Little Women By Louisa May Alcott

A new movie is coming out December 25th...

I've never read it so I might have to do a readalong for it that month! 488 I hated this book.

I can't even begin to go into all the reasons I dislike this novel. It's dull and preachy through out most of it--aside from Jo who is a truly inspired character. But everyone else seems one note, most of the chapters come off as morality plays than solid scenes or plots. And just when Miss Alcott has something seemingly interesting she breaks it for no other reason than to do something.

Whether its the pairing of Amy and Laurie (huh?), the point made CONSTANTLY that Beth's life isn't useless because she is an angel and showed them that angels do exist and is a total Mary Sue(Really? Cause I'm glad she died before I died of boredom), the forced pairing of Jo and the Professor (Why? I mean--really... Just keep her single) there is also the message that pursing art is selfish. (Jo giving up her writing, Laurie gives up his music, Amy gives up her sketching...)

It's not a message I expected--this book is always lauded as one that has inspired countless girls... To do what? Because outside of Jo's sipirt I dont really see much to aspire to in this tsory? The overall message seems to be that as a good Christian one should sacrifice being an artist, being in love with who you want and any hope of independence...

It's not because I'm from the modern era that I dislike this book. (Or that I'm an adult reading it.) If you look at other works being done in the same time period you will see that there were stories with less moralizing being done--including by Miss Alcott herself. I was just really disappointed 488 that feeling when you spend the majority of the book desperately longing to be a jo, but then end up realising youre actually just a beth… :/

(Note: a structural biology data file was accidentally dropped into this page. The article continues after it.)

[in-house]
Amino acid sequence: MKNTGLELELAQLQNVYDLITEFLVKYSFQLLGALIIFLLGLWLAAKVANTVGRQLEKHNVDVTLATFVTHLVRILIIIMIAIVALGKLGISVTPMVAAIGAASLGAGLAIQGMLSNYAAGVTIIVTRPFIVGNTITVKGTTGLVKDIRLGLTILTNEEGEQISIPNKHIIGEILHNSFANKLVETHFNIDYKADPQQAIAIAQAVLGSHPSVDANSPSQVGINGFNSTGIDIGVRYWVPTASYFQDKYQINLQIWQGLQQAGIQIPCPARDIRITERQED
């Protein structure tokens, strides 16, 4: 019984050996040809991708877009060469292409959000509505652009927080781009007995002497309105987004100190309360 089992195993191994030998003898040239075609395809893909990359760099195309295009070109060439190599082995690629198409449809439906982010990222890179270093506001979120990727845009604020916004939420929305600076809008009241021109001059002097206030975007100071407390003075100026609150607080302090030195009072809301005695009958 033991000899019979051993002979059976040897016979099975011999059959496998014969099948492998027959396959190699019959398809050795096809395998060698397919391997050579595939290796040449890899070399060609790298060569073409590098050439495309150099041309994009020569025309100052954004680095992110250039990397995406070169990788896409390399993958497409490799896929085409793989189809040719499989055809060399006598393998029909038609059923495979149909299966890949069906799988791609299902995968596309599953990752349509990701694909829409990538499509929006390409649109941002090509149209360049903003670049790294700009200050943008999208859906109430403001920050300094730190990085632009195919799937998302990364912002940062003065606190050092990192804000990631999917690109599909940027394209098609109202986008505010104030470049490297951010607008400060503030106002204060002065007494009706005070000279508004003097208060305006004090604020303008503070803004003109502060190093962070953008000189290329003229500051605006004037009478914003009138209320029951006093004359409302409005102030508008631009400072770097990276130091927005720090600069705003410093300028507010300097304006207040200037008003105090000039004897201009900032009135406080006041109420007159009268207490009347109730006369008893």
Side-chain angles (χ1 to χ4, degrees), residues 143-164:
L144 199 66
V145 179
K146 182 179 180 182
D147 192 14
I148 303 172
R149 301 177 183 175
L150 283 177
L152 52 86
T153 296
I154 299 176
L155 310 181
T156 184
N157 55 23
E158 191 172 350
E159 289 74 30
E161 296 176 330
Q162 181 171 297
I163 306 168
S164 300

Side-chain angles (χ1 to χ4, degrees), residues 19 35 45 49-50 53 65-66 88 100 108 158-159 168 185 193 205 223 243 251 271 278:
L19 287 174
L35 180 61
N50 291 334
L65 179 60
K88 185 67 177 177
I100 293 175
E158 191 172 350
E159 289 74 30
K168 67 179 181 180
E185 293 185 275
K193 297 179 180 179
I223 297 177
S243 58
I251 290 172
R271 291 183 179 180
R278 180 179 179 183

also, the fact that i still like laurie, even after he messes around in france trying to “find himself,” says a lot more about me than it does about him, to be fair.

and dont even get me started on the new film coming out. the casting definitely has me feeling some kind of way. im still not over the precision of timothée chalamet as laurie, the literary character who embodies so many young peoples first experience with f-boi heartbreak. i mean, will you just LOOK at my son!?

jo + laurie 4 ever, amirite ladies?!

3.5 stars 488 Never liked this one. I read Alcott back around the time I was first reading the Brontes and Dickens, and her books always struck me as incredibly dull in comparison. I was probably about 12, though, so I suppose I should try it again someday. 488 This book means SISTERHOOD... FAMILY… HAPPINESS…TOGETHERNESS… THANKFULNESS… GENUINENESS…SOLIDARITY…BELIEFS… RESPECT…UNCONDITIONAL LOVE…HONESTY…KINDNESS…

This is magical book, when I get into my hands for the first time, I was only eleven and for decades I kept on getting it into my hands, reread it several times and same words resonated different for me, awoke different feelings, made me look at the characters’ flaws and differences at brand new perspective.
Even though I know the ending: I laughed, I cried, I sighed, I smiled, I jumped, I felt peaceful and at the end I LOVED IT TRULY, DEEPLY so MUCH! Christmas is coming. You think there won’t be Christmas without presents and I think there won’t be any meaningful celebration without doing my yearly reading of this book and reconnecting with Holly March Sisterhood. Joe (tomboy, book-worn, hot-tempered, writer, definitely closer to my character), Meg (Romantic, sweet-natured, peace maker older sister), Beth ( sweet, shy, cute, friendly, fallen angel, musical prodigy) and Amy (spoiled, childish, artistic, elegant, refined youngest one): I LOVE YOU BOTH.

It is why this book is always my all-time favorite one! Time to reconnect with the sisters and feeling the best holiday spirit! 488